Top Tips from your Video Editor
I’ll let you into a secret. “Fix it in Post!” is one of our little video editor insider jokes because we get asked to fix things all the time and sometimes they border on the ridiculous. Most of the time I can edit out “erms, aahs, coughs” or strange hand signals (yes people really do that when they talk), but sometimes I can’t fix mistakes without a much bigger budget and a friendly Hollywood special effects guru (yes I’m being a little flippant) so these are my top tips from the edit studio about how you should approach your video shoot.
1. Make time for b-roll
I guarantee the last thing you’ll worry about is b-roll on a shoot. B-roll is the American term, sometimes known as General Video or GV in the UK, that refers to footage where we are not interviewing a subject or filming an actor. Things like the signage at your head office or people at an event talking and smiling. Close ups of people shaking hands or wine being poured into crystal glasses, that kind of thing. Usually I ask for 1-2 hours overall for filming b-roll and for some conferences like Mobile World Congress we can spend a day or two getting all the shots we need. Time-lapses look amazing, but they take time. We need a minimum of 15 minutes to film a time-lapse each time. Creativity is not always quick but wait until you see the results.
2. Good Audio
Bear in mind our little joke about “fix it in post” (keep that one to yourself), audio is really important. In some ways your brain is more tuned to hear the mistakes than on a badly framed visual image. A video editor can take about 30% of the background noise out of the footage if it’s noisy, but beyond that your ear will start to notice. I can push this a bit more if I add backing music but it would be a lot easier if you had a decent microphone, positioned correctly in the first place. Equally, “blown out” audio where the gain on the microphone or mixing desk is too high is almost impossible to correct.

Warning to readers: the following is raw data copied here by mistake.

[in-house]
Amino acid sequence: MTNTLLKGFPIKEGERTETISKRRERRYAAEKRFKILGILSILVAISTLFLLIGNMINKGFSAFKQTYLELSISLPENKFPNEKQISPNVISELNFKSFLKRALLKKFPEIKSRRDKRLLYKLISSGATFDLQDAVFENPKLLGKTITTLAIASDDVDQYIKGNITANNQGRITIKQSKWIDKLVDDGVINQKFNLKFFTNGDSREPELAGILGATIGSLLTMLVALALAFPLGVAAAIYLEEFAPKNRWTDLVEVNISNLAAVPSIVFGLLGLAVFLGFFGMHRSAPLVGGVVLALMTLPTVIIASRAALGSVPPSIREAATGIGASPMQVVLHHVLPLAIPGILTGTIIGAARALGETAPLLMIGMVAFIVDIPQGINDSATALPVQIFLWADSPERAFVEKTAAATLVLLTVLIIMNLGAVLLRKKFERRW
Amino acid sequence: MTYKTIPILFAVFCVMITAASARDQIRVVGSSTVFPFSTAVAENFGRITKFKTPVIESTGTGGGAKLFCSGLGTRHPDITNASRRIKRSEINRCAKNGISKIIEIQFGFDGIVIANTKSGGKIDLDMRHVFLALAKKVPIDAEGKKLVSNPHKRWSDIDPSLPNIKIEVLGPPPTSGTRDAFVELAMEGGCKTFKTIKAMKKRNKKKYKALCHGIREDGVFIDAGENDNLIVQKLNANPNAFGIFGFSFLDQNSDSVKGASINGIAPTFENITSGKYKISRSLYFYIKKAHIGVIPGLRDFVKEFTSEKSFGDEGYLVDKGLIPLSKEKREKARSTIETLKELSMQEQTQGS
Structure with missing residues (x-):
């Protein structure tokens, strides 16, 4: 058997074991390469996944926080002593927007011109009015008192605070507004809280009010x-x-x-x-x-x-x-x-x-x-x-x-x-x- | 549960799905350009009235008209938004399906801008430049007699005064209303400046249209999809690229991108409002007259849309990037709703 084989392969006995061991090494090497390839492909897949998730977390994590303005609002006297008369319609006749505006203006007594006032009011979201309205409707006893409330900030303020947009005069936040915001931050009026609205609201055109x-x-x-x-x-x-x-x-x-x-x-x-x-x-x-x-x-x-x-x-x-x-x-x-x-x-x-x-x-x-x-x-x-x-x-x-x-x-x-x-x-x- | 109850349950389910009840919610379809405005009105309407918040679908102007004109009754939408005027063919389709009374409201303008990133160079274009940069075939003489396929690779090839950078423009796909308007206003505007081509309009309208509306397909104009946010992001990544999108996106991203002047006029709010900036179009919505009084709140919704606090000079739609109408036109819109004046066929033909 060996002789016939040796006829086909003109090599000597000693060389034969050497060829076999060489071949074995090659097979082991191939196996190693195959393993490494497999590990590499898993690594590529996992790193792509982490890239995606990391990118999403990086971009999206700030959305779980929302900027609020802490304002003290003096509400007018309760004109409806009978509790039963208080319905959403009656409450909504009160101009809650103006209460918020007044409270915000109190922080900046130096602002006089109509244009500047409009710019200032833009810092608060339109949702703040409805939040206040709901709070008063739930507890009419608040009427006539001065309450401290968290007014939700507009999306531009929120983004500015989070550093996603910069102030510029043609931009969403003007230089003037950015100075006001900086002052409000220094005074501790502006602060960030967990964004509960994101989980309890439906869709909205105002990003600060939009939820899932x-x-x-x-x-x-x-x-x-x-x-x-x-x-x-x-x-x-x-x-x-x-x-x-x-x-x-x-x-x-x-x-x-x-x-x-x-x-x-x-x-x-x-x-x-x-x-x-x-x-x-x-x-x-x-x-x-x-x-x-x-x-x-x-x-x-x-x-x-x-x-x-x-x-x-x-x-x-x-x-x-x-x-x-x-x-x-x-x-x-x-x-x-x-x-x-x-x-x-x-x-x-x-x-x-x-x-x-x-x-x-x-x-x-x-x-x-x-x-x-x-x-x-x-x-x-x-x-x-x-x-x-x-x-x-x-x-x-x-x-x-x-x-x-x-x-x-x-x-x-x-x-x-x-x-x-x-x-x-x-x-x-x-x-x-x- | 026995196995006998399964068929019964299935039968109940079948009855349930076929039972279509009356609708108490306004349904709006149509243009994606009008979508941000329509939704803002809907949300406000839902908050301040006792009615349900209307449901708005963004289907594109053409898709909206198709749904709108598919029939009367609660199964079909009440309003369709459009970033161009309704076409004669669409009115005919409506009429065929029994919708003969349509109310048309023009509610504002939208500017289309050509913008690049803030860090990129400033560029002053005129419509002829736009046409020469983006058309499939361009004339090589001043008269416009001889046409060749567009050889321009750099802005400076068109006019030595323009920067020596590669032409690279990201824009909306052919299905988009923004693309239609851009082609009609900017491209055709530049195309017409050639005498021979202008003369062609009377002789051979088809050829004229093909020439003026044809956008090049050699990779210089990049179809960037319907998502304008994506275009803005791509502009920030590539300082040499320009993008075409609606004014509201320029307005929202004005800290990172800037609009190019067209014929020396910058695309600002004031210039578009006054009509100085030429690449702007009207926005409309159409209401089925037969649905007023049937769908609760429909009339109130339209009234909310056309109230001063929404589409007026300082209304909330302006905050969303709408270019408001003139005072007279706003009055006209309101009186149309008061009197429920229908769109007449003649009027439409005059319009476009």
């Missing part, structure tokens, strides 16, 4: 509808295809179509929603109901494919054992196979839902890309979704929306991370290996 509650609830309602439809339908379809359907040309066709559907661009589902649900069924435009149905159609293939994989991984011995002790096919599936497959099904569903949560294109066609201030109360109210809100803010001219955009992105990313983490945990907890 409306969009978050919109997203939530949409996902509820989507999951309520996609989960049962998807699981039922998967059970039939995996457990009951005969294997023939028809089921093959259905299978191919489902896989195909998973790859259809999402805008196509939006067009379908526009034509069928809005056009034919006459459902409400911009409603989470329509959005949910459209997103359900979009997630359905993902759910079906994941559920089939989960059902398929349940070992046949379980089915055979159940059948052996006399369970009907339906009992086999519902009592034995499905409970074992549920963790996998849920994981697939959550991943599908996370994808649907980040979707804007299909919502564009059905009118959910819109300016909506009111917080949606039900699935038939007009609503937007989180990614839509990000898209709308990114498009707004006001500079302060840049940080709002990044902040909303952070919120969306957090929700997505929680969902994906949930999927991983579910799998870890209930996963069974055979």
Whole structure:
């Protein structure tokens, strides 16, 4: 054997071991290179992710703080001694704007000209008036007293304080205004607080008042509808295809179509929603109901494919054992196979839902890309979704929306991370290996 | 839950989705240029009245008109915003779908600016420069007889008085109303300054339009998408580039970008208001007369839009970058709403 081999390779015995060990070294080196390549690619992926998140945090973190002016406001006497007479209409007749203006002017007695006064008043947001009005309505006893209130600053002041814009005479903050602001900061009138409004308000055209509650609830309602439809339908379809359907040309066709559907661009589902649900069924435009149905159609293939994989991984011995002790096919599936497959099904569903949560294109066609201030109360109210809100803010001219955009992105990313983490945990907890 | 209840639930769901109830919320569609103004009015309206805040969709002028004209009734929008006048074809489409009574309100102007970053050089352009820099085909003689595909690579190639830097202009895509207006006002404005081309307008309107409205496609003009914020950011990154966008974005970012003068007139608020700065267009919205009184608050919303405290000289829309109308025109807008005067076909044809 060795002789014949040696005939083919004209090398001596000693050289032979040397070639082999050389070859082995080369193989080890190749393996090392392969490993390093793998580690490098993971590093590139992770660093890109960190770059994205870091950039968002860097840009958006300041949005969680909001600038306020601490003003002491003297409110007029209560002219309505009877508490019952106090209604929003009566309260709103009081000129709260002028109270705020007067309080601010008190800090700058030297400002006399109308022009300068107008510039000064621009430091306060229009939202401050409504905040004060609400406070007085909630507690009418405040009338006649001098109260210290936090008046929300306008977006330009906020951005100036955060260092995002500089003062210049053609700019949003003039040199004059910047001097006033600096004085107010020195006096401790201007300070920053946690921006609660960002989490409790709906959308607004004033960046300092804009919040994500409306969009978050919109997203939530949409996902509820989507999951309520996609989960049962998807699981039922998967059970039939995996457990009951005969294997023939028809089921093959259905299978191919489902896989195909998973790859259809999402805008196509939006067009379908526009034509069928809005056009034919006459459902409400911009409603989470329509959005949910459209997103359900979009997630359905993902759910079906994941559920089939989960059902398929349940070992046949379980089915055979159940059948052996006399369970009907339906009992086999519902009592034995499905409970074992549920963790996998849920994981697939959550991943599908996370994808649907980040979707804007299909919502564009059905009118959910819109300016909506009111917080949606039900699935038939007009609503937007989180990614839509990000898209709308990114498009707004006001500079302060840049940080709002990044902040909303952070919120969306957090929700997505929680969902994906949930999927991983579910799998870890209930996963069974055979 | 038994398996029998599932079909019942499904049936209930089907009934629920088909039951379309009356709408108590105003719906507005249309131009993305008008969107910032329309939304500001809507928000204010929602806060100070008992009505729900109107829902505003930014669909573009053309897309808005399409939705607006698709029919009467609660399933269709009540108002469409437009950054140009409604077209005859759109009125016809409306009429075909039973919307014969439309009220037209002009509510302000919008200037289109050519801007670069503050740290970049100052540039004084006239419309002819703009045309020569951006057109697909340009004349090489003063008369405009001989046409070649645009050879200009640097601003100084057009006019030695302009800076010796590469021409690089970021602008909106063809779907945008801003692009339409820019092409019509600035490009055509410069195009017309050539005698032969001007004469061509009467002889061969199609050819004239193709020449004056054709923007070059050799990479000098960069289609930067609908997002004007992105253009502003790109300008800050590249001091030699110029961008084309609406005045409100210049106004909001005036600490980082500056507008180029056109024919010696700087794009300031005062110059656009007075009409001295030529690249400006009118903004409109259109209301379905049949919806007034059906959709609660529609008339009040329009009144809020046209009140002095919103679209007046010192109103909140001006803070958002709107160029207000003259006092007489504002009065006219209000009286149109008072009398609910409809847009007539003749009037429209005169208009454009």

3. Good lighting
This is one of the reasons you should hire a good camera operator. Lighting is not straight forward. You need to light the subject, but not blind them so they are squinting at the camera. Equally we don’t want to make their skin shiny on the final image, but the biggest mistake of all; the absolute rookie error, is when I see footage of a subject in front of a sunny window. They’re in silhouette. If the sky is bright then we won’t see their face. Avoid at all costs. Shadows can also be a problem, although not usually in London where I’m based! (That was a British weather joke, we love to talk about the weather).
4. Don’t talk over the person you’re interviewing
After two attempts and your perfect open question you got some emotion, a smile, they gave the perfect answer and then you ruined it by saying “oh yes!” or “Ahah” or worse you started to ask the next question. I can’t fix that in post. All I can do is remove you and their answer. It’s frustrating. Just WAIT! In fact wait until it’s almost painful and smile. Sometimes I feel like a simpleton as I stand there smiling after an interviewee has finished talking, but do you know what happens? They fill the gap, they say something even more amazing. Check out the last 20 seconds of the video we made for Plan Day below and you’ll see what I mean. Yes I stood there smiling….. like a simpleton. It works, trust me. This lady makes the whole video. It’s a great way to end.
5. More than one Camera
If you can, use two cameras for your interviews. First of all it’s a great backup if something goes wrong with the equipment, but it also allows us to play with the footage after. I’ve made the most nervous speakers sound amazing by cutting all the “errs, aahs and umms” out using a combination of b-roll and a second camera angle. It also makes the final video look more professional. Finally it’s good as well if there was something going on that your camera operator didn’t spot. Maybe in the distance on the wide shot someone is moving around or perhaps the interviewee’s clothes have a stain on them. Anything that could be awkward afterwards can be avoided with another camera angle. It’s worth paying for.
I hope you don’t think video editors are a grumpy lot. Strange, yes, but we see everything. Shots that work and shots that don’t. Remember the rule of thumb, for every minute of footage we need at least two minutes in edit. We have to sort your footage, often we’ll have to convert it before we can start editing, sync different cameras together and watch everything to find the best bits. We even hear the things you said off-camera when you hadn’t turned the microphone off. For that reason alone, always be nice to your video editor!